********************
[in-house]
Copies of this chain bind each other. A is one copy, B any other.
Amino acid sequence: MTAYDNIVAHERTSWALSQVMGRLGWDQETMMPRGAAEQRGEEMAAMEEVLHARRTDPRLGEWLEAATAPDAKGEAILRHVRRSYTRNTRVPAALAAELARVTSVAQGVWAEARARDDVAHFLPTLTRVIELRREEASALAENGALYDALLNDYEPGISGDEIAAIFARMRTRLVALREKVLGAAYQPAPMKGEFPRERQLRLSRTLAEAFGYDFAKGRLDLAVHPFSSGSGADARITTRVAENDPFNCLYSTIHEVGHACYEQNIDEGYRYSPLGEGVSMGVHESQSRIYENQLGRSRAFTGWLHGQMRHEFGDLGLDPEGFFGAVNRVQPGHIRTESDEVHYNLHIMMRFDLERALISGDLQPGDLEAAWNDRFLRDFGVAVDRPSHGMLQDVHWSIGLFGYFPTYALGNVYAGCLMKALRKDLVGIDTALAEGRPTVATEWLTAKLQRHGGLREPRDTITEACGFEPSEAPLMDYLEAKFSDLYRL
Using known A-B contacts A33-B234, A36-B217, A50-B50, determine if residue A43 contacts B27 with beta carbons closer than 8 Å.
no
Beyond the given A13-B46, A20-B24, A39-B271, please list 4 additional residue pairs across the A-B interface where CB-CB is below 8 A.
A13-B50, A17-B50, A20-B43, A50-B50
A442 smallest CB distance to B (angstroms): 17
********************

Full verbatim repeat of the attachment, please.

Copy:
[in-house]
Copies of this chain bind each other. A is one copy, B any other.
Amino acid sequence: MTAYDNIVAHERTSWALSQVMGRLGWDQETMMPRGAAEQRGEEMAAMEEVLHARRTDPRLGEWLEAATAPDAKGEAILRHVRRSYTRNTRVPAALAAELARVTSVAQGVWAEARARDDVAHFLPTLTRVIELRREEASALAENGALYDALLNDYEPGISGDEIAAIFARMRTRLVALREKVLGAAYQPAPMKGEFPRERQLRLSRTLAEAFGYDFAKGRLDLAVHPFSSGSGADARITTRVAENDPFNCLYSTIHEVGHACYEQNIDEGYRYSPLGEGVSMGVHESQSRIYENQLGRSRAFTGWLHGQMRHEFGDLGLDPEGFFGAVNRVQPGHIRTESDEVHYNLHIMMRFDLERALISGDLQPGDLEAAWNDRFLRDFGVAVDRPSHGMLQDVHWSIGLFGYFPTYALGNVYAGCLMKALRKDLVGIDTALAEGRPTVATEWLTAKLQRHGGLREPRDTITEACGFEPSEAPLMDYLEAKFSDLYRL
Using known A-B contacts A33-B234, A36-B217, A50-B50, determine if residue A43 contacts B27 with beta carbons closer than 8 Å.
no
Beyond the given A13-B46, A20-B24, A39-B271, please list 4 additional residue pairs across the A-B interface where CB-CB is below 8 A.
A13-B50, A17-B50, A20-B43, A50-B50
A442 smallest CB distance to B (angstroms): 17